If Love Could Kill: The Myths and Truths of Women Who Commit Violence
A groundbreaking work by an internationally acclaimed forensic psychotherapist that looks at women who commit extreme acts of violence and cruelty and at the underlying oppression and abuse often at the heart of these crimes
Women can be murderers and child abusers. They can commit acts of extreme and sadistic brutality. And those who do, are outcasts from society and from womanhood itself. They are seen as monsters and angels of death: and must be kept at a safe distance.
Anna Motz is a renowned clinical and forensic psychologist in London and New York. Writing with candor, compassion, and a clear-eyed perspective, she explores in depth the shockingly underexamined psychological underpinnings of female violence. Far from the heartless and inhuman monsters we might believe them to be, these women are often victims of a culture of violence and emotional trauma.
Already hailed as a landmark, Motz's daring book, bursting with humanity, makes clear that women’s violence is more widespread than most realize, that these acts of violence expose deeply held, centuries-old beliefs about women and their value, and that these acts demand to be taken more seriously as a distinctive societal taboo that can—and must—be brought into the light.
Praise for If Love Could Kill: The Myths and Truths of Women Who Commit Violence
"If Love Could Kill is not a boastful record of one success after another. Some patients do remain beyond Motz’s reach. But her successes are moving because they give hope. They show that people can surprise themselves with change.” —Alexandra Schwartz, The New Yorker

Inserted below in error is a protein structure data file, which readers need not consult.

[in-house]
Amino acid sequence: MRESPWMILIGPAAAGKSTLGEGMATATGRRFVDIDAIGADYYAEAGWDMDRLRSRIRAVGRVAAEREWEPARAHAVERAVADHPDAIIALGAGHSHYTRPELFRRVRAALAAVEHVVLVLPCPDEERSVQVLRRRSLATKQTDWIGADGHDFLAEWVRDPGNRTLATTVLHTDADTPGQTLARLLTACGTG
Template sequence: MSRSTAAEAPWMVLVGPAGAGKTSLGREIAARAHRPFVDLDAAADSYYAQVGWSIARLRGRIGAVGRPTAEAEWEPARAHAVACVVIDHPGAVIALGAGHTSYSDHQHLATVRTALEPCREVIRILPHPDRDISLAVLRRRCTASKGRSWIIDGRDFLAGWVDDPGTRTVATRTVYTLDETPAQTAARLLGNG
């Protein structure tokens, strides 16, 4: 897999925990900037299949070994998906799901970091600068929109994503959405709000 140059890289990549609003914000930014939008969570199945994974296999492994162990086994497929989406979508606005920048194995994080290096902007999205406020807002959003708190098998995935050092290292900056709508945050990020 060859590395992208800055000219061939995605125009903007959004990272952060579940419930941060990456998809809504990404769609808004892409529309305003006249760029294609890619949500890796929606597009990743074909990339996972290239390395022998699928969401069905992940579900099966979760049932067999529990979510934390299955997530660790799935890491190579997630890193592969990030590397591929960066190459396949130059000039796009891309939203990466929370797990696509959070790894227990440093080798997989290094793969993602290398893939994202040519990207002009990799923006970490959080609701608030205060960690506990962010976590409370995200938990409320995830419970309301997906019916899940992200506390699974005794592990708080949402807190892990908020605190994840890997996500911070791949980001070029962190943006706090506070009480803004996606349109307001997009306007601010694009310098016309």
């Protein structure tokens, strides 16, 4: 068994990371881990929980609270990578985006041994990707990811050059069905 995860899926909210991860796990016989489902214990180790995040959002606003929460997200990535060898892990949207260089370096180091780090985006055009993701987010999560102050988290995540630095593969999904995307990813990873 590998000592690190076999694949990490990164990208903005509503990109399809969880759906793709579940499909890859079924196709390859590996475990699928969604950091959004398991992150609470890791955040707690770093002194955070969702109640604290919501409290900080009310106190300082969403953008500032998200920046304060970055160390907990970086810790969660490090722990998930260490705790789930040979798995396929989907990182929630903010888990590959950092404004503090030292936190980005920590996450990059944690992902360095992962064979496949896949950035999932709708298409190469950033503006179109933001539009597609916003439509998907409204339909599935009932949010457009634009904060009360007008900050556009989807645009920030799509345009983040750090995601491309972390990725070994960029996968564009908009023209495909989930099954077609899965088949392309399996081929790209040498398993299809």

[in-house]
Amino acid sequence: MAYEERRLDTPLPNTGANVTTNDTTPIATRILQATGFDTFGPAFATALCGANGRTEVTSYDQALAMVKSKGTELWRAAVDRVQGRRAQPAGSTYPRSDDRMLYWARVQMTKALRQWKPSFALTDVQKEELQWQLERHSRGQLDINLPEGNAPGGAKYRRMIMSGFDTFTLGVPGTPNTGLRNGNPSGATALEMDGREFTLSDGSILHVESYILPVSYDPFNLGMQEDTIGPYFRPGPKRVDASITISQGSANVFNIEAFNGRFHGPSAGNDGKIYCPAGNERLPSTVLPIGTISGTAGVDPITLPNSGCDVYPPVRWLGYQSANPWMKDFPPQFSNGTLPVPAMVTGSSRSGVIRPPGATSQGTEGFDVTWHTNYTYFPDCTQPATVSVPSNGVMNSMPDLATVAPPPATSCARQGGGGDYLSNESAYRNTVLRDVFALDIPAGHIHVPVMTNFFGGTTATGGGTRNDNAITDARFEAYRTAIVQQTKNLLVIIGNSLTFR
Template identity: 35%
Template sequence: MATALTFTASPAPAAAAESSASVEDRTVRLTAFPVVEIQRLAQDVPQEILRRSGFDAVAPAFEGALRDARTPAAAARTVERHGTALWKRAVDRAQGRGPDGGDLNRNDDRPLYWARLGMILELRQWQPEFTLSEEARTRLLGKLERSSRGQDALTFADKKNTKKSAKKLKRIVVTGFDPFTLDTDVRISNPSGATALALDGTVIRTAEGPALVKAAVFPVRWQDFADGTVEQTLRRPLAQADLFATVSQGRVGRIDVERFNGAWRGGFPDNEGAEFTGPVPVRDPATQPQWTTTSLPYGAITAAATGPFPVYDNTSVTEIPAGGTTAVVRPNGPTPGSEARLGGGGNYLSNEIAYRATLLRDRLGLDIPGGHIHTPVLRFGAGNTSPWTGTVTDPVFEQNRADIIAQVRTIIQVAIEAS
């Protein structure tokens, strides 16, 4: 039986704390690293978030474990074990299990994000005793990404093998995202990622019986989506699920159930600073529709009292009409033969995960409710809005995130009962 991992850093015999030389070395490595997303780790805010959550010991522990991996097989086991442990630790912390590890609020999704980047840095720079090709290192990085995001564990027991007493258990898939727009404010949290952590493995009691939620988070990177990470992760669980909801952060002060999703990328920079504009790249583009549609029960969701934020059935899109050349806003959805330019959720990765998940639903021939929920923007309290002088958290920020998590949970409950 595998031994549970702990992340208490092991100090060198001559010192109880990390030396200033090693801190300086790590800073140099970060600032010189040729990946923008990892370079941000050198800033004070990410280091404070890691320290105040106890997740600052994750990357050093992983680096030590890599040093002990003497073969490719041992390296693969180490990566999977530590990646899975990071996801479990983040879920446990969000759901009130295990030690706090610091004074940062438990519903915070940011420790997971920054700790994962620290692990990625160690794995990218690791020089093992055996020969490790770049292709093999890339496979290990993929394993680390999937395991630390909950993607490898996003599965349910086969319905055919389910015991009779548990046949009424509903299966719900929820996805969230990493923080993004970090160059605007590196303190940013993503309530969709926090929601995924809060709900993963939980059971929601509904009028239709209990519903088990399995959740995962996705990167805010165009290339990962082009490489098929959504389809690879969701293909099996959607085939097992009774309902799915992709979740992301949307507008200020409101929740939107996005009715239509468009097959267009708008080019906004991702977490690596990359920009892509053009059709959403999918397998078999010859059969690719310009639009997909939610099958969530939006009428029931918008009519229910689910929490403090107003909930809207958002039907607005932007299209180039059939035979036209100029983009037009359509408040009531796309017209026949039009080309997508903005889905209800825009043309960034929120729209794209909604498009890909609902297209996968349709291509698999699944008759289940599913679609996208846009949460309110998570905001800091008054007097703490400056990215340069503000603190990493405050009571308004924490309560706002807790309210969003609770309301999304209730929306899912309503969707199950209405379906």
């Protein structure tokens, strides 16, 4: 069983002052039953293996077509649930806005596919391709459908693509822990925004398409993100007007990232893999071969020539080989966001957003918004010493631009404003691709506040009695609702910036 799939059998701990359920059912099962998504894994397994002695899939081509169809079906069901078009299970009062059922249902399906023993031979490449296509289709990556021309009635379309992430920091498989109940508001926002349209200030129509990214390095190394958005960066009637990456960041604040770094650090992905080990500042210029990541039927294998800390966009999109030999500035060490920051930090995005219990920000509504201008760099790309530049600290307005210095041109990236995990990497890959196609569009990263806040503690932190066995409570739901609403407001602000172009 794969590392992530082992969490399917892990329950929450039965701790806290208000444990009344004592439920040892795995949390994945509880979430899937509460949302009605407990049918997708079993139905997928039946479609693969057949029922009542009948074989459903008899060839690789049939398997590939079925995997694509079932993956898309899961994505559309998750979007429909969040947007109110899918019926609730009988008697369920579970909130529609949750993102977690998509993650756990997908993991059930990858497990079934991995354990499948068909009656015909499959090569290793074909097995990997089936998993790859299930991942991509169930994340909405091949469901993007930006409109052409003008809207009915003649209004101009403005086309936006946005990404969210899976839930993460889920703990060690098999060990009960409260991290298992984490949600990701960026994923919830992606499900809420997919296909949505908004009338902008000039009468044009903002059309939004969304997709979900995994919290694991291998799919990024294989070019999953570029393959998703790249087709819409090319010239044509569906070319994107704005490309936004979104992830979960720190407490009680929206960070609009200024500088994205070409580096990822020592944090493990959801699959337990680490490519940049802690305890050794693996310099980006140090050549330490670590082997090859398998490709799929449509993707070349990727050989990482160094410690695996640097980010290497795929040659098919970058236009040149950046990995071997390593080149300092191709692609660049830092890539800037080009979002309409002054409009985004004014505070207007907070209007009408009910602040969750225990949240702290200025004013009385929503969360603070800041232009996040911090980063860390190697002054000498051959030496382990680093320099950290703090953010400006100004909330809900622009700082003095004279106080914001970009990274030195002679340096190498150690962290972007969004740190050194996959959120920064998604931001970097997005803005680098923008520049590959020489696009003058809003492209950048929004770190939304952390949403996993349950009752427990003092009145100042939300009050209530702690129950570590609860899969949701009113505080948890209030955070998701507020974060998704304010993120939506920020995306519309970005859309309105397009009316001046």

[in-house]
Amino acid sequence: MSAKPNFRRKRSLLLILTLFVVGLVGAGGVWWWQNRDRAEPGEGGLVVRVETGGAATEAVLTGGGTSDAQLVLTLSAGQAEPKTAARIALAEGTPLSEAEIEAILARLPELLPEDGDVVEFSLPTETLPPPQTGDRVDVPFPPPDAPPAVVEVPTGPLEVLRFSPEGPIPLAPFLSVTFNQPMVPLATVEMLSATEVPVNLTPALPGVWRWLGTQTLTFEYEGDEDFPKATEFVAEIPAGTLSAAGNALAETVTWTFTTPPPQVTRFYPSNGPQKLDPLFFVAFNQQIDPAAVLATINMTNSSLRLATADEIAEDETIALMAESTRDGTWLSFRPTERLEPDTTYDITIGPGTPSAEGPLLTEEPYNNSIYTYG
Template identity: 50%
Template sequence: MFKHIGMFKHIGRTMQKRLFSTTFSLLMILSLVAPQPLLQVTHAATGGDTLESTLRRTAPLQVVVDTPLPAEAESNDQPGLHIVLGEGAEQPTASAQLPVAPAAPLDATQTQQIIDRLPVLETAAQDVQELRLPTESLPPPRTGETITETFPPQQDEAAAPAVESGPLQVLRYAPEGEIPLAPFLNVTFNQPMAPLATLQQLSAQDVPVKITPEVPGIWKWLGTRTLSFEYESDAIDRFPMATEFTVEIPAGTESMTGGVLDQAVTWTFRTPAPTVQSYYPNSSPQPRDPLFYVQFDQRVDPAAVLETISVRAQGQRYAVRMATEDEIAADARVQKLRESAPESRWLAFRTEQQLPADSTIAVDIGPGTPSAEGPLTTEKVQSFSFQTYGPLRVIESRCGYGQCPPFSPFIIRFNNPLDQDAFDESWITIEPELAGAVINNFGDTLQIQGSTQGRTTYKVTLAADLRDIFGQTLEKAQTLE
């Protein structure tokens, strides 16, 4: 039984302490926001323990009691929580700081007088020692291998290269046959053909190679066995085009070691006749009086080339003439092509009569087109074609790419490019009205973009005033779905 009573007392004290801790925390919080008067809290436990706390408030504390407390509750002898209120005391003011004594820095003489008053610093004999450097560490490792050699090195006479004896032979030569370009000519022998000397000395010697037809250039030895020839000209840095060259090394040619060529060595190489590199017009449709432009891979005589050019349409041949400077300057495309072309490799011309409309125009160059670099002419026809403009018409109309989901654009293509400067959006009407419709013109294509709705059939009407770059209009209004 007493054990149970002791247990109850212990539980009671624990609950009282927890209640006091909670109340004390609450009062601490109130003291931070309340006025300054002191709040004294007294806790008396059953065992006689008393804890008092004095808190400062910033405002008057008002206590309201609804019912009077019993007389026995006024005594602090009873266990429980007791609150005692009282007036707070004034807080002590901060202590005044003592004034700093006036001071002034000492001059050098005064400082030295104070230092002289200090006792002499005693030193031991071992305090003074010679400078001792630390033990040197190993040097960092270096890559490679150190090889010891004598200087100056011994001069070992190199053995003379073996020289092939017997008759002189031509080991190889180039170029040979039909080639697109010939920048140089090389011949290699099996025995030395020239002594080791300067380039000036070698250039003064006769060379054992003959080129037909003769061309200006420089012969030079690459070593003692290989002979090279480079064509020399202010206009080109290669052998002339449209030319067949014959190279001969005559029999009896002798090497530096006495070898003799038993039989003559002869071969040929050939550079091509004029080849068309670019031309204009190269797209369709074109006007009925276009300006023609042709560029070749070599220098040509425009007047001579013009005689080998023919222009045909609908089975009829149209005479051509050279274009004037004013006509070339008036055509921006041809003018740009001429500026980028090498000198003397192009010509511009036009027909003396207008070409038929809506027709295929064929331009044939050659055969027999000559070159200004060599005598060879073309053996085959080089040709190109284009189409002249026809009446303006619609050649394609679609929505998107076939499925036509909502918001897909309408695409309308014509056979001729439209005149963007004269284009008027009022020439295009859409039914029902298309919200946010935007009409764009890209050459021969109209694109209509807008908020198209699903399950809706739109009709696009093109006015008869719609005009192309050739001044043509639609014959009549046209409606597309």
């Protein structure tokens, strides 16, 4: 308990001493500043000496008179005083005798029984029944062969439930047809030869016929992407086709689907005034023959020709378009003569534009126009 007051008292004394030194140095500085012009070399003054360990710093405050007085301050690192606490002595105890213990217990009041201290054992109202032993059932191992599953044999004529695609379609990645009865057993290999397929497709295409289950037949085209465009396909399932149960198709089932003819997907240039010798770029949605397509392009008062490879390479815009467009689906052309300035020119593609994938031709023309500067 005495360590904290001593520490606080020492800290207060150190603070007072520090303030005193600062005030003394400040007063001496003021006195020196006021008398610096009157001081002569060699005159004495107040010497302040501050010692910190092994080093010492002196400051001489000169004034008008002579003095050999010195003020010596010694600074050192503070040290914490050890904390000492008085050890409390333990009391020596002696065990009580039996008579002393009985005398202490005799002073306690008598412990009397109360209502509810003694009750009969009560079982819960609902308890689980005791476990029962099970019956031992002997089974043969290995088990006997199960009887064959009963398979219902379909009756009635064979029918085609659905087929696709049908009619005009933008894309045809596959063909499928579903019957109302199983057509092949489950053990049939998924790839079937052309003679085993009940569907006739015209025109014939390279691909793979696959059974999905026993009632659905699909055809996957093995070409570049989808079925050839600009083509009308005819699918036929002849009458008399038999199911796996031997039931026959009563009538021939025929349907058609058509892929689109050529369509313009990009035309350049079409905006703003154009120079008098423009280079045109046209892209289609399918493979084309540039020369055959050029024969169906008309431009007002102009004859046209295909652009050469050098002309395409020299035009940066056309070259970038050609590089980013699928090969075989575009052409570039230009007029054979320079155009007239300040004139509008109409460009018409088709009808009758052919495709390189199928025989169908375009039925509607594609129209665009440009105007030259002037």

“[Anna Motz] challenges society’s preconceptions about violent women and how we should treat them in this thought-provoking and compassionate book. . . . Motz brings empathy and curiosity to her work, which shines through in her writing, as well as a strong belief in the possibility of rehabilitation. . . . Recommended especially to readers of true crime and forensic psychology.” —Rebecca Hopman, Booklist
"A forensic psychotherapist offers a series of moving case studies of female offenders. . . . eloquent, scholarly, and compassionate . . . A well-considered and sobering look at the psychology of women who commit violent crimes." —Kirkus Reviews
"Motz neither shies away from nor sensationalizes the grim, often shocking elements of her patients’ crimes. Instead, she carefully accounts for the psychological and social forces that can drive women to violence, and in the process builds a robust case for mitigating such behavior by raising awareness of those forces and increasing support for women in and out of the justice system. This challenges and enlightens." —Publishers Weekly